Open Access
Open Peer Review

This article has Open Peer Review reports available.

How does Open Peer Review work?

Ashwagandha attenuates TNF-α- and LPS-induced NF-κB activation and CCL2 and CCL5 gene expression in NRK-52E cells

  • Elizabeth Grunz-Borgmann1,
  • Valeri Mossine2,
  • Kevin Fritsche3 and
  • Alan R. Parrish1Email author
BMC Complementary and Alternative MedicineThe official journal of the International Society for Complementary Medicine Research (ISCMR)201515:434

https://doi.org/10.1186/s12906-015-0958-z

Received: 7 August 2015

Accepted: 4 December 2015

Published: 15 December 2015

Abstract

Background

The aging kidney is marked by a chronic inflammation, which may exacerbate the progression of renal dysfunction, as well as increase the susceptibility to acute injury. The identification of strategies to alleviate inflammation may have translational impact to attenuate kidney disease.

Methods

We tested the potential of ashwaganda, sutherlandia and elderberry on tumor necrosis factor-α (TNF-α) and lipopolysaccharide (LPS) induced chemokine (CCL2 and CCL5) expression in vitro.

Results

Elderberry water-soluble extract (WSE) was pro-inflammatory, while sutherlandia WSE only partially attenuated the TNF-α-induced changes in CCL5. However, ashwaganda WSE completely prevented TNF-α-induced increases in CCL5, while attenuating the increase in CCL2 expression and NF-κB activation. The same pattern of ashwagandha protection was seen using LPS as the pro-inflammatory stimuli.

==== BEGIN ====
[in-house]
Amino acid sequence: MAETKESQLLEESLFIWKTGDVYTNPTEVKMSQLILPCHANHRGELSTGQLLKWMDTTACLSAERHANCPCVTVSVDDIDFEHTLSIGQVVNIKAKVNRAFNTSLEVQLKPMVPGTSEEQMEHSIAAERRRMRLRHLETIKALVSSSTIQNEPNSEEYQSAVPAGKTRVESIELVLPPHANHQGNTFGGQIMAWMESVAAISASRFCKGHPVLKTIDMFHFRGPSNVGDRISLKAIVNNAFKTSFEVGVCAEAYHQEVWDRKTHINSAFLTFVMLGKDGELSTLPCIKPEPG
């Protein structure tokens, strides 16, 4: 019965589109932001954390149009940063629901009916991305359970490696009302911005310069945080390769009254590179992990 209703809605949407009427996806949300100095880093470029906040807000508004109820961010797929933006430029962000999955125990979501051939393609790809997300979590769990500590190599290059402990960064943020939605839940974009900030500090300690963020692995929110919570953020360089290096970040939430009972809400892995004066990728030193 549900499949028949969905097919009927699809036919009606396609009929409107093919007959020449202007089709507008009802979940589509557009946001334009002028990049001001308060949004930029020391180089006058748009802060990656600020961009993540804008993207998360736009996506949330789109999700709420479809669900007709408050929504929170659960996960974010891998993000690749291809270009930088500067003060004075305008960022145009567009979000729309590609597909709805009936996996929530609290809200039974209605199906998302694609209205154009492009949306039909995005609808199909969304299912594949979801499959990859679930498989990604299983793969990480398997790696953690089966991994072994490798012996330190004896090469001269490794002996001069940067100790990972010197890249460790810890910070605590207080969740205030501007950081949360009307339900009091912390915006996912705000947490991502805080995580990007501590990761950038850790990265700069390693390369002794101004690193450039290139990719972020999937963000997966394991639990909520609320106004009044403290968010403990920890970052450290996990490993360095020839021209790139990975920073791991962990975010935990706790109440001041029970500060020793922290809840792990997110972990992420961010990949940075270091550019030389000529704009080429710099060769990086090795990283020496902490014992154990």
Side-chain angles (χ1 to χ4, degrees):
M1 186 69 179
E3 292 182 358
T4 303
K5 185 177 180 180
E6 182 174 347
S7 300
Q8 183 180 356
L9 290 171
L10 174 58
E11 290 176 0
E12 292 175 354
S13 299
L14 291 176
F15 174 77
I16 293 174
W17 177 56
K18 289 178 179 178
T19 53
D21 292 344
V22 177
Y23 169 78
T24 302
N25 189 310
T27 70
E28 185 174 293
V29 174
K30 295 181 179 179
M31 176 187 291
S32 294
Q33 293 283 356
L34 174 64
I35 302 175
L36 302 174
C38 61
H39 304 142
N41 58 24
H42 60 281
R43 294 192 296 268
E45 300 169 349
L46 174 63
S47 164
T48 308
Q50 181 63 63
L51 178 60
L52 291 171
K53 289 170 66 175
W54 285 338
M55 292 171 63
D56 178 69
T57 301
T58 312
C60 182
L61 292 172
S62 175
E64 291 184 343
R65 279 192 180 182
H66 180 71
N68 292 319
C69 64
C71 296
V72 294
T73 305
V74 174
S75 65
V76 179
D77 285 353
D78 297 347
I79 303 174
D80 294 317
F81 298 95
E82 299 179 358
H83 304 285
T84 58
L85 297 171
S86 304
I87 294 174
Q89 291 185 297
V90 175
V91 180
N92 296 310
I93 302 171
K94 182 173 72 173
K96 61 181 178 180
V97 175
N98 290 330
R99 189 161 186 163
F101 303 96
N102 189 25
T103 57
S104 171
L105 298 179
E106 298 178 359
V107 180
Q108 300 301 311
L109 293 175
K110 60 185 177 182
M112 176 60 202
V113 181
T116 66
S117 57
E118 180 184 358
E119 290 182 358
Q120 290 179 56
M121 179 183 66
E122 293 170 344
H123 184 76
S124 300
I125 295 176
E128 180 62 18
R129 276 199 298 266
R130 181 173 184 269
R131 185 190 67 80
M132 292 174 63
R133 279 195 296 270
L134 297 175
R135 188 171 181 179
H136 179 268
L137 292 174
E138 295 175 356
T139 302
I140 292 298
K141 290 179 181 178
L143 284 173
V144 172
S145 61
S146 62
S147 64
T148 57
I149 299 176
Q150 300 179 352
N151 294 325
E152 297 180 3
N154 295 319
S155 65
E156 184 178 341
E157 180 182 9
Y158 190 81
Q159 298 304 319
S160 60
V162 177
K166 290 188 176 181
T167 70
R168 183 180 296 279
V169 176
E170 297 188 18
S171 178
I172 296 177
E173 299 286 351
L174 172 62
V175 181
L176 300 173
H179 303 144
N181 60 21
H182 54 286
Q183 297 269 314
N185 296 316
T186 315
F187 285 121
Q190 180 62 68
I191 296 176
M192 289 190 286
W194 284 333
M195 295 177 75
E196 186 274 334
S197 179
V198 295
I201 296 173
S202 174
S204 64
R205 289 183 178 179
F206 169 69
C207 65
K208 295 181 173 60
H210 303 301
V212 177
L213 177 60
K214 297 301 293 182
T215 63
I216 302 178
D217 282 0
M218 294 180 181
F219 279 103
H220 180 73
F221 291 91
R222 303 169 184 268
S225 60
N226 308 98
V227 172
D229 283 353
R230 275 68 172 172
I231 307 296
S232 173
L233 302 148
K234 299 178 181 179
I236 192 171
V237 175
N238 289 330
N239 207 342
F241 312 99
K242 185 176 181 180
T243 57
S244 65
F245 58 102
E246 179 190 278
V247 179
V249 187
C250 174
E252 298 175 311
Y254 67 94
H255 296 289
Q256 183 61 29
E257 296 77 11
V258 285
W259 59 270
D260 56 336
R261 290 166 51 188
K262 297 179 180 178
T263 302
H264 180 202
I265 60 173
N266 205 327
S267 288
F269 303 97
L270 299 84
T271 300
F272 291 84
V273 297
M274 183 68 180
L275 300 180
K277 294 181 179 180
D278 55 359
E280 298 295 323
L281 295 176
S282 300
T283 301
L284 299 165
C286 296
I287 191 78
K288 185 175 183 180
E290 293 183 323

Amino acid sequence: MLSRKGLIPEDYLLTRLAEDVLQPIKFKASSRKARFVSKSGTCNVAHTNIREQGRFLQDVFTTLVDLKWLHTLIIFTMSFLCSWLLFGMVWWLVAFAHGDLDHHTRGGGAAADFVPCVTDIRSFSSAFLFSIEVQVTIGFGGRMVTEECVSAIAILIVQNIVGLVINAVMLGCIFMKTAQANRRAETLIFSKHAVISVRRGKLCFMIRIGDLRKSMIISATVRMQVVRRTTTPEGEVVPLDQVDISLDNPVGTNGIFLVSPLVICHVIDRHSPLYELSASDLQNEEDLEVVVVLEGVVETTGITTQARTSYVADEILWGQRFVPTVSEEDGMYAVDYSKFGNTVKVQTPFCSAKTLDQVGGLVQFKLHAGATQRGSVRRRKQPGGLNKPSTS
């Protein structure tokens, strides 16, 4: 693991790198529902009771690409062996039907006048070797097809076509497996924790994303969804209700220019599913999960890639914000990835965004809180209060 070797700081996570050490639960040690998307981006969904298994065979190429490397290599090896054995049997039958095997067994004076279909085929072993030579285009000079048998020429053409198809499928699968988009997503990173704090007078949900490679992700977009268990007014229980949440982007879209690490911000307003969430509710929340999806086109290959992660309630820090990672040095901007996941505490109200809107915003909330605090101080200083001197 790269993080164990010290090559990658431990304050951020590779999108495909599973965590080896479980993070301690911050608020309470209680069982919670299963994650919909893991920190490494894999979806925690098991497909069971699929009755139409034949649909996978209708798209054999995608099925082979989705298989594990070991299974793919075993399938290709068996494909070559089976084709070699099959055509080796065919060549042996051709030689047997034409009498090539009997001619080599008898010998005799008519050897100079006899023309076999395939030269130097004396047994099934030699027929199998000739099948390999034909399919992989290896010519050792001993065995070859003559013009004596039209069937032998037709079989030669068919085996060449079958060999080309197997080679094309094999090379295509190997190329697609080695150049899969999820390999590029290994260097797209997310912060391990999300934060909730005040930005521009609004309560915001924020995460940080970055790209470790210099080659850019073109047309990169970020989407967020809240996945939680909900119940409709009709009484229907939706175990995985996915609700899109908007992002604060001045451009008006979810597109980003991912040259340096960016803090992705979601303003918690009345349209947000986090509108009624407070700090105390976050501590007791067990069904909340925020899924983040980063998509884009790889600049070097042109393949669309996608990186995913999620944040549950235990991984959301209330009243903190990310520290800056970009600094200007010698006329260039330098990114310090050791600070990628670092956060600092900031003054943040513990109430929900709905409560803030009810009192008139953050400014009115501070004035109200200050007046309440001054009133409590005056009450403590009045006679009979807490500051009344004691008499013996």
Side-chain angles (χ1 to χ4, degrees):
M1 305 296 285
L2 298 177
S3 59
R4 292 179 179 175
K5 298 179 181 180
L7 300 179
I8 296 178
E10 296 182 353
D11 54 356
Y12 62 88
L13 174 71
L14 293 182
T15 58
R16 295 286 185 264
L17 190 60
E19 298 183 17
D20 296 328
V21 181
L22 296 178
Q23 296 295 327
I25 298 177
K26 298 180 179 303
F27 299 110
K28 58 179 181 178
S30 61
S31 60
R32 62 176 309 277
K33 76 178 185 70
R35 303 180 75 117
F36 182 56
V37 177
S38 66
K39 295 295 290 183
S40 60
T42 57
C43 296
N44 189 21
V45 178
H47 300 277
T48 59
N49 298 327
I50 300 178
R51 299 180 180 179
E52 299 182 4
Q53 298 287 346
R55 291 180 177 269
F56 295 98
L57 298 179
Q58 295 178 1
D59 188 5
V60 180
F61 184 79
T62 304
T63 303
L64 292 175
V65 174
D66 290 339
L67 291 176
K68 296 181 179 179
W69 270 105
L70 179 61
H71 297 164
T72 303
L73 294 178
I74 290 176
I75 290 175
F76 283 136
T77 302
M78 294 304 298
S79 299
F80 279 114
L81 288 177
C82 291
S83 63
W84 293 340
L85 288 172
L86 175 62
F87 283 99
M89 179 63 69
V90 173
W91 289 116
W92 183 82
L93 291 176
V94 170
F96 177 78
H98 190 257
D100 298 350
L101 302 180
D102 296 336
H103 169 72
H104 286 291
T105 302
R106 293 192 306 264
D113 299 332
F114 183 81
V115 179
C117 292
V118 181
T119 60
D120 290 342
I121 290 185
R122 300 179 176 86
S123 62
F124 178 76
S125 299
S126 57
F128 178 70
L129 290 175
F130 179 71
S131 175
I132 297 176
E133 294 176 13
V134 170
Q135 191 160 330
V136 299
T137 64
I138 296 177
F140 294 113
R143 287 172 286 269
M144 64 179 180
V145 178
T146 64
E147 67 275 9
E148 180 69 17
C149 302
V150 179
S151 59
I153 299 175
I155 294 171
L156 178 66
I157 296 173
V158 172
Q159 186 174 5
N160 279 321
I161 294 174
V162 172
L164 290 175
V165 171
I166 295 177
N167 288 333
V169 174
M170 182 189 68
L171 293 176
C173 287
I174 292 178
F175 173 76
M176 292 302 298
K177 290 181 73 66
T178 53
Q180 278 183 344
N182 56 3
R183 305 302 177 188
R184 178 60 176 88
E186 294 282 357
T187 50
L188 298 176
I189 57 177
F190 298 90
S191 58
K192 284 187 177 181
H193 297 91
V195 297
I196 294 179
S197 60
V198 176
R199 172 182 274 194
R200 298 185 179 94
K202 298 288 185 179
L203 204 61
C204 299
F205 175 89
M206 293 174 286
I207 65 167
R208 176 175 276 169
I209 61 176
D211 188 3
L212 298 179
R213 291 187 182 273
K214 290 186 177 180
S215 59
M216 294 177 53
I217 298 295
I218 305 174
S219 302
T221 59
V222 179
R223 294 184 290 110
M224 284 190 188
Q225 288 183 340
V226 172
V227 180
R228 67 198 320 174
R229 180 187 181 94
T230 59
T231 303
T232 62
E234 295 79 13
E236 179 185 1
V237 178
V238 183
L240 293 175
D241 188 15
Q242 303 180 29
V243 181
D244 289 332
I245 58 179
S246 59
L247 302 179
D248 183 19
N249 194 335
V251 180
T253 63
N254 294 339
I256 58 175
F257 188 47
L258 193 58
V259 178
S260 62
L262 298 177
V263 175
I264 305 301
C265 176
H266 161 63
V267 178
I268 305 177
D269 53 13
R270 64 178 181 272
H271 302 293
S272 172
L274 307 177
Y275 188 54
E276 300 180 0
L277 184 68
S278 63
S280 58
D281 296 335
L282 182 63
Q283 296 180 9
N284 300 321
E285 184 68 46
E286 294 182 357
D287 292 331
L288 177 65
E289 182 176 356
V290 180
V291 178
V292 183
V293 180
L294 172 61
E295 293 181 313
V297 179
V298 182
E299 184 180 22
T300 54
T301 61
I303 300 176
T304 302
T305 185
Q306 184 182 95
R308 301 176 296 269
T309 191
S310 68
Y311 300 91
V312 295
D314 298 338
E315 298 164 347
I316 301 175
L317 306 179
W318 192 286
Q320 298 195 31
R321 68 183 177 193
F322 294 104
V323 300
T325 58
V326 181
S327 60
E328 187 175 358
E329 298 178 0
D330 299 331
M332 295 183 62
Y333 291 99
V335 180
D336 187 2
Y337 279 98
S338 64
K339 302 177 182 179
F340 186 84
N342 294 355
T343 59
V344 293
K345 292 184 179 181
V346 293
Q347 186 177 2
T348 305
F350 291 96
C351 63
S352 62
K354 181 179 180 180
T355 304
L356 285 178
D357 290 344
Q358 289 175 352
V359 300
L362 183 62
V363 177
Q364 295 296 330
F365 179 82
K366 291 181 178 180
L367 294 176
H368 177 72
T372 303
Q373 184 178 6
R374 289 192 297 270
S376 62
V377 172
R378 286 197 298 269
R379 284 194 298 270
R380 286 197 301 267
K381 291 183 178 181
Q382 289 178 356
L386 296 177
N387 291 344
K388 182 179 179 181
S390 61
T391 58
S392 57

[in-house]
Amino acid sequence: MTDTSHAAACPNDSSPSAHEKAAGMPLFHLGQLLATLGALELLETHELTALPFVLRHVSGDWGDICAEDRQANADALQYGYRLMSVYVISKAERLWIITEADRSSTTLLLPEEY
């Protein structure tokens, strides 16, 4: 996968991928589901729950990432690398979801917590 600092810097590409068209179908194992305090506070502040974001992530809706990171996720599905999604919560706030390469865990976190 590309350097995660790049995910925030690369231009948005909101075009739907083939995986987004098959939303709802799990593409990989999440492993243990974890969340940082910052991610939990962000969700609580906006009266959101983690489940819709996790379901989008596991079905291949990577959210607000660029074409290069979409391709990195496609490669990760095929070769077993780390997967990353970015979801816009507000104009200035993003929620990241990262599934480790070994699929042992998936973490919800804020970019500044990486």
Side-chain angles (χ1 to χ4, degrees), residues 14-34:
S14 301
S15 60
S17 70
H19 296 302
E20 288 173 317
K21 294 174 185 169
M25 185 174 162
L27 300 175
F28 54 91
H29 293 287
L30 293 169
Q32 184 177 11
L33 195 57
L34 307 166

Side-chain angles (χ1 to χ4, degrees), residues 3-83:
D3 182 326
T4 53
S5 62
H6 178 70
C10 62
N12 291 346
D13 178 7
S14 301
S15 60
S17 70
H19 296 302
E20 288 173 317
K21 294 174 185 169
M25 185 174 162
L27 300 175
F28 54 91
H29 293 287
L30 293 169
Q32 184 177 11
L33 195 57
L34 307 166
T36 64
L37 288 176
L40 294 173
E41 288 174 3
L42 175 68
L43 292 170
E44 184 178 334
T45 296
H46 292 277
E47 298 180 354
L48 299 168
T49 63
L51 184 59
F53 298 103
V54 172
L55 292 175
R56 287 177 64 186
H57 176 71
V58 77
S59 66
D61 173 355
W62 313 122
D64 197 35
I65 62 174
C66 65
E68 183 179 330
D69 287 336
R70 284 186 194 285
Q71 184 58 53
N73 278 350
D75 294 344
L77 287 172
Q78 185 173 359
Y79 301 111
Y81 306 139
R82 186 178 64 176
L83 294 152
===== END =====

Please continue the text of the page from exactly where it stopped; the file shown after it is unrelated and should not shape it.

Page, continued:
Conclusions

Taken together, these results demonstrate the ashwaganda WSE as a valid candidate for evaluation of therapeutic potential for the treatment of chronic renal dysfunction.

Keywords

Ashwagandha CCL2 CCL5 Kidney NF-κB

Background

Inflammation is a key component of the aging kidney [1]; in both human [2, 3] and animal studies from our laboratory [4], it has been shown that a significant number of genes whose expression is increased in aging are pro-inflammatory. The kidney may be uniquely sensitive to inflammation as it is a source for cytokine and chemokine synthesis within the tubular epithelium [5], and due to the high blood flow, it is continually exposed to circulating pro-inflammatory mediators. There are significant data linking inflammation to the loss of renal function [6, 7]; the pro-inflammatory environment may also be one of the mechanisms contributing to the increased severity of acute injury in the aging kidney [8].

Fibrosis is an accumulation of matrix, predominantly collagen, which is associated with loss of organ function as normal tissue is replaced by scar tissue [9]. The kidney is a prototypical example of an organ in which progressive fibrosis leads to organ failure [10, 11]. A signaling pathway that links inflammation and fibrosis in the kidney is NF-κB. This transcription factor has a long-recognized role as a pro-inflammatory mediator [12, 13]. A number of stimuli induce NF-κB activity in the kidney, including TNF [14] and angiotensin II [15] – both of which are associated with chronic kidney disease (CKD) [16, 17]. The list of NF-κB target genes is lengthy but includes CCL2 and CCL5 (RANTES) [18, 19].